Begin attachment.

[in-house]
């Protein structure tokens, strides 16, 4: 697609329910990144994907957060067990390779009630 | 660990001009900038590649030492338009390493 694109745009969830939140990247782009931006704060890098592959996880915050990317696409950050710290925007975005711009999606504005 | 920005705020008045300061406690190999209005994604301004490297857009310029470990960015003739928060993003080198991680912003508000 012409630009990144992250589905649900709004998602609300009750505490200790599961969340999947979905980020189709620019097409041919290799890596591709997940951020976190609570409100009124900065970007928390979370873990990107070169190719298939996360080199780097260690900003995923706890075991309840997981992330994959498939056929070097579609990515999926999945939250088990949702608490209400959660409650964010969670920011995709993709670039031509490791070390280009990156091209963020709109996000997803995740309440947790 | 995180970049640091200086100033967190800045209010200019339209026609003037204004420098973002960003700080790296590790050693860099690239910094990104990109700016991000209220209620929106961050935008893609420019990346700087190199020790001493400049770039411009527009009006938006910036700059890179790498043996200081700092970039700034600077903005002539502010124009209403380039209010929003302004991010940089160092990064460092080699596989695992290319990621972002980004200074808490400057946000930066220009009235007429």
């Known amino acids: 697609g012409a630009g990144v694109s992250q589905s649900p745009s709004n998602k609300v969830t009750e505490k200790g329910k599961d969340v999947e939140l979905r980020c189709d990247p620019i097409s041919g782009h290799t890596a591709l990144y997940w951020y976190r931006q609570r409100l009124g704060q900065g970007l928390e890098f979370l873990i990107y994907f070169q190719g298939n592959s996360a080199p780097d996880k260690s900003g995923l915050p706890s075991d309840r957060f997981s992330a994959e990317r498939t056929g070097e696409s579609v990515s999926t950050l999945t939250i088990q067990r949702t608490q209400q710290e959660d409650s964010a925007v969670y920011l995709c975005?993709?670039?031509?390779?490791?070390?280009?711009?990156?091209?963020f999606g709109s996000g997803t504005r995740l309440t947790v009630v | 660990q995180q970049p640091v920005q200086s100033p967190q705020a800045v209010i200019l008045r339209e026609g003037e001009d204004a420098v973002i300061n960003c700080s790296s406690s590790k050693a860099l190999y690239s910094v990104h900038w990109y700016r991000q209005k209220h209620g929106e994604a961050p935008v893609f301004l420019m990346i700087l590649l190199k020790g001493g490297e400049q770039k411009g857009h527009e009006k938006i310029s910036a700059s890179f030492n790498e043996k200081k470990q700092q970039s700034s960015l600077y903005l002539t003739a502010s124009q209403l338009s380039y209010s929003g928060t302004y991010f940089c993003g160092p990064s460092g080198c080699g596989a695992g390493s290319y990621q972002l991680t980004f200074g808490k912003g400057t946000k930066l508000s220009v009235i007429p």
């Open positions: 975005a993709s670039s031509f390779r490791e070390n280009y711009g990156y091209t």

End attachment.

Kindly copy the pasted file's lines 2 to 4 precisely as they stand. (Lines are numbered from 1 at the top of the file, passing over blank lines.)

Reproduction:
């Protein structure tokens, strides 16, 4: 697609329910990144994907957060067990390779009630 | 660990001009900038590649030492338009390493 694109745009969830939140990247782009931006704060890098592959996880915050990317696409950050710290925007975005711009999606504005 | 920005705020008045300061406690190999209005994604301004490297857009310029470990960015003739928060993003080198991680912003508000 012409630009990144992250589905649900709004998602609300009750505490200790599961969340999947979905980020189709620019097409041919290799890596591709997940951020976190609570409100009124900065970007928390979370873990990107070169190719298939996360080199780097260690900003995923706890075991309840997981992330994959498939056929070097579609990515999926999945939250088990949702608490209400959660409650964010969670920011995709993709670039031509490791070390280009990156091209963020709109996000997803995740309440947790 | 995180970049640091200086100033967190800045209010200019339209026609003037204004420098973002960003700080790296590790050693860099690239910094990104990109700016991000209220209620929106961050935008893609420019990346700087190199020790001493400049770039411009527009009006938006910036700059890179790498043996200081700092970039700034600077903005002539502010124009209403380039209010929003302004991010940089160092990064460092080699596989695992290319990621972002980004200074808490400057946000930066220009009235007429």
């Known amino acids: 697609g012409a630009g990144v694109s992250q589905s649900p745009s709004n998602k609300v969830t009750e505490k200790g329910k599961d969340v999947e939140l979905r980020c189709d990247p620019i097409s041919g782009h290799t890596a591709l990144y997940w951020y976190r931006q609570r409100l009124g704060q900065g970007l928390e890098f979370l873990i990107y994907f070169q190719g298939n592959s996360a080199p780097d996880k260690s900003g995923l915050p706890s075991d309840r957060f997981s992330a994959e990317r498939t056929g070097e696409s579609v990515s999926t950050l999945t939250i088990q067990r949702t608490q209400q710290e959660d409650s964010a925007v969670y920011l995709c975005?993709?670039?031509?390779?490791?070390?280009?711009?990156?091209?963020f999606g709109s996000g997803t504005r995740l309440t947790v009630v | 660990q995180q970049p640091v920005q200086s100033p967190q705020a800045v209010i200019l008045r339209e026609g003037e001009d204004a420098v973002i300061n960003c700080s790296s406690s590790k050693a860099l190999y690239s910094v990104h900038w990109y700016r991000q209005k209220h209620g929106e994604a961050p935008v893609f301004l420019m990346i700087l590649l190199k020790g001493g490297e400049q770039k411009g857009h527009e009006k938006i310029s910036a700059s890179f030492n790498e043996k200081k470990q700092q970039s700034s960015l600077y903005l002539t003739a502010s124009q209403l338009s380039y209010s929003g928060t302004y991010f940089c993003g160092p990064s460092g080198c080699g596989a695992g390493s290319y990621q972002l991680t980004f200074g808490k912003g400057t946000k930066l508000s220009v009235i007429p």
């Open positions: 975005a993709s670039s031509f390779r490791e070390n280009y711009g990156y091209t």